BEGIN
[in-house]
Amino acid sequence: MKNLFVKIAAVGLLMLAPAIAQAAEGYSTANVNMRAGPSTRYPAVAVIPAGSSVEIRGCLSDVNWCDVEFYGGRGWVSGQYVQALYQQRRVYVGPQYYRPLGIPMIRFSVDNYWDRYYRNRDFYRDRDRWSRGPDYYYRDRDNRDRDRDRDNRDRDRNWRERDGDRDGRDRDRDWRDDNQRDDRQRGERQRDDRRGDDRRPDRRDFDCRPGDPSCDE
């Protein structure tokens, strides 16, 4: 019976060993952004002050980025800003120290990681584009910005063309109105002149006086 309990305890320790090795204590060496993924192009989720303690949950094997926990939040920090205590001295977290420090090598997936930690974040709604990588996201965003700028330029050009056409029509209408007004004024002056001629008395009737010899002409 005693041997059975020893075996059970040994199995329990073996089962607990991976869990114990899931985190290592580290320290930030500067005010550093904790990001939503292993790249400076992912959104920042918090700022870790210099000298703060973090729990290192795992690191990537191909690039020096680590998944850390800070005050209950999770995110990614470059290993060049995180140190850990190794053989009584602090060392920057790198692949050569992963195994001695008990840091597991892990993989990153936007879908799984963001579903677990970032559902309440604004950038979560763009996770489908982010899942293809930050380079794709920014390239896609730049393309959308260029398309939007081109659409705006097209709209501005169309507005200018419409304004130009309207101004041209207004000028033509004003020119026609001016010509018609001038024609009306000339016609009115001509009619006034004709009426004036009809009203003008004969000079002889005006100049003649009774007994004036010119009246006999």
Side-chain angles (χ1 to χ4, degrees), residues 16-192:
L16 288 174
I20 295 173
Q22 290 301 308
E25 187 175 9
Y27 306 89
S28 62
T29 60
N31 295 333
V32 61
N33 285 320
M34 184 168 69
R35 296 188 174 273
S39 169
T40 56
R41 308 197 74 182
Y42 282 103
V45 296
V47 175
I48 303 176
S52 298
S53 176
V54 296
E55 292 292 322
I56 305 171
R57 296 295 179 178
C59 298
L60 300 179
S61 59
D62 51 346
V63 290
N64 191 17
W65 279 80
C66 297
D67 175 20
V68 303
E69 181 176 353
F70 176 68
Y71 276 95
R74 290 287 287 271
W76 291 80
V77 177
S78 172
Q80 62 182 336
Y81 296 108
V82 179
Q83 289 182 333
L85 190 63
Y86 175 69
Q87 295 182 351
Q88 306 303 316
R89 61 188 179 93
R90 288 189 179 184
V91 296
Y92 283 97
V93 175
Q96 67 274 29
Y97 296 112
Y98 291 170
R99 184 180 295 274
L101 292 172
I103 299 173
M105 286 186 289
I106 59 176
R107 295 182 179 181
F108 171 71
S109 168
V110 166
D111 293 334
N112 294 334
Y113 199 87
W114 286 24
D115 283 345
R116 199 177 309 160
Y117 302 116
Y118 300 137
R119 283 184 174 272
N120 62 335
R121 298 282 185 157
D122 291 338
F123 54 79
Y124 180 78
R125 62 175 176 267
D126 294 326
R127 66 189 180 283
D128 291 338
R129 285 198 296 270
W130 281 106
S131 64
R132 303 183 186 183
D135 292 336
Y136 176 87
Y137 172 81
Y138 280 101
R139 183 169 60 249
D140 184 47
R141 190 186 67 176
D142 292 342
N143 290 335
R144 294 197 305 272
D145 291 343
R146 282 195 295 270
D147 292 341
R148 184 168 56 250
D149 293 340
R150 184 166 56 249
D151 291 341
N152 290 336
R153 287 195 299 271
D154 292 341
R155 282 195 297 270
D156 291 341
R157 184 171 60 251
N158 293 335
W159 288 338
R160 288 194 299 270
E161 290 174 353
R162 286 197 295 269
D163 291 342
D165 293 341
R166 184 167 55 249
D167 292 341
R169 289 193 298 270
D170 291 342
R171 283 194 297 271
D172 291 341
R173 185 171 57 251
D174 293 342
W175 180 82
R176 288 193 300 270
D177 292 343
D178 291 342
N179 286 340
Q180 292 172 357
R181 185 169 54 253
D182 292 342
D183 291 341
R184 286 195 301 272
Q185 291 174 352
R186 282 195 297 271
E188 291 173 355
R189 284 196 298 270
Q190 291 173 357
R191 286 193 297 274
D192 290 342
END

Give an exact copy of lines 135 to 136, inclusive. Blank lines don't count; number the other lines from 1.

D178 291 342
N179 286 340